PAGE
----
Here is why white folks are fueling the opioid crisis, study says
"[R]acism within the health care system has led to increased addiction and overdoses in low-income white areas, but also, insufficient treatment among communities of color," the study’s lead author and a medical student at UCLA, told U.S. News.
The opioid crisis is at the center of a national disparity in how the public views and responds to drug addiction, according to a study published Monday in the Journal of the American Medical Association Internal Medicine.
The health care community funnels too many drugs to low-income white patients, triggering addiction, while people of color who need drugs are going untreated, according to the report.
The current opioid crisis is largely a problem among low-income whites and is treated as a crisis of public health, not a criminal justice issue, according to the study.
The study points the finger at the health care field for a two-fold role that includes differing access to the drugs that have channeled large amounts of drugs to low-income whites, creating widespread addiction, but a “sea of untreated pain in minority communities,” according to a U.S. News and World Report analysis of the JAMA report.
“The prescription drug crisis should really be thought of as a double-sided epidemic,” Joseph Friedman, the study’s lead author and a medical student at UCLA, told U.S. News. “Essentially, the … racism within the health care system has led to increased addiction and overdoses in low-income white areas, but also, insufficient treatment among communities of color.”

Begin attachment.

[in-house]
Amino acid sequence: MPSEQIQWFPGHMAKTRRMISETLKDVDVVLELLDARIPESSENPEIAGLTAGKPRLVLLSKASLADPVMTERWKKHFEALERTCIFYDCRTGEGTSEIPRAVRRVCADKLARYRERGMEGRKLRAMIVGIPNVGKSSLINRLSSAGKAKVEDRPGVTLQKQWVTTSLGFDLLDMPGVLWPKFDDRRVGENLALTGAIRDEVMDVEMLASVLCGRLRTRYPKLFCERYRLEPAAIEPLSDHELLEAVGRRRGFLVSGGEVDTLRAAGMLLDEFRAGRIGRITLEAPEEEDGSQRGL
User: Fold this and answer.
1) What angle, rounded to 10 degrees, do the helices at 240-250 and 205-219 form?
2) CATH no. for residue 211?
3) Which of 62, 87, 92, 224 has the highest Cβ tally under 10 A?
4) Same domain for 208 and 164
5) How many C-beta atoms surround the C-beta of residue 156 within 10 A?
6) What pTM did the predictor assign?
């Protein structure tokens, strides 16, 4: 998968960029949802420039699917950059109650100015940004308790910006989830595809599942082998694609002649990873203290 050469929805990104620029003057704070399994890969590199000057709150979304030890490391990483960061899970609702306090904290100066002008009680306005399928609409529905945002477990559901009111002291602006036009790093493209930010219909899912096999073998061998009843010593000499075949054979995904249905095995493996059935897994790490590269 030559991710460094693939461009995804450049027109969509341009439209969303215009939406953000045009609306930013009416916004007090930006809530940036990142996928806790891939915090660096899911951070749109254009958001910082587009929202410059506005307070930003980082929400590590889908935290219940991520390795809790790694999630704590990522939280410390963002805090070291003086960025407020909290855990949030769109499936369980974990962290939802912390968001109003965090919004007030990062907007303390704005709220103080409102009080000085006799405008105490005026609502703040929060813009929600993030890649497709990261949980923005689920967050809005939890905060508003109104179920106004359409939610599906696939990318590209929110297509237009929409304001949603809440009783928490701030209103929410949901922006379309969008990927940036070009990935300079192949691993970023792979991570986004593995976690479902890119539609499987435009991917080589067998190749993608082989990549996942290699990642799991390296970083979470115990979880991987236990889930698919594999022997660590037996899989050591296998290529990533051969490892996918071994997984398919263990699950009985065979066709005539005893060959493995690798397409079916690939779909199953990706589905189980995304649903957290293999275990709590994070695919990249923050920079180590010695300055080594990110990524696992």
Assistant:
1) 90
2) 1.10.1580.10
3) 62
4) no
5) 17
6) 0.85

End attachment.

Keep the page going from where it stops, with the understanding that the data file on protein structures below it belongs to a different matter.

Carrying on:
For instance, 44.2 percent of adults in impoverished, predominantly white zip codes in California received at least one opioid prescription per year compared with adults in low-income, racially diverse zip codes in the state, according to the report.
The disparity stretched beyond income boundaries too, the report indicated. For instance, 27 percent of adults in Beverly Hills were prescribed benzodiazepines compared with 5 percent of adults in predominantly Black and Latino Watts, the study showed.
“If you’re living in Compton, you’re probably not getting a lot of prescribed opioids,” David Schriger, a physician who oversaw the research, told U.S. News. “You can’t tell me there are no prescriptions for opioids, so to speak, in Compton because no one is in pain in Compton. It just defies logic.”
Researchers who contributed to the report analyzed data from 2011 to 2015 from California’s prescription drug monitoring program.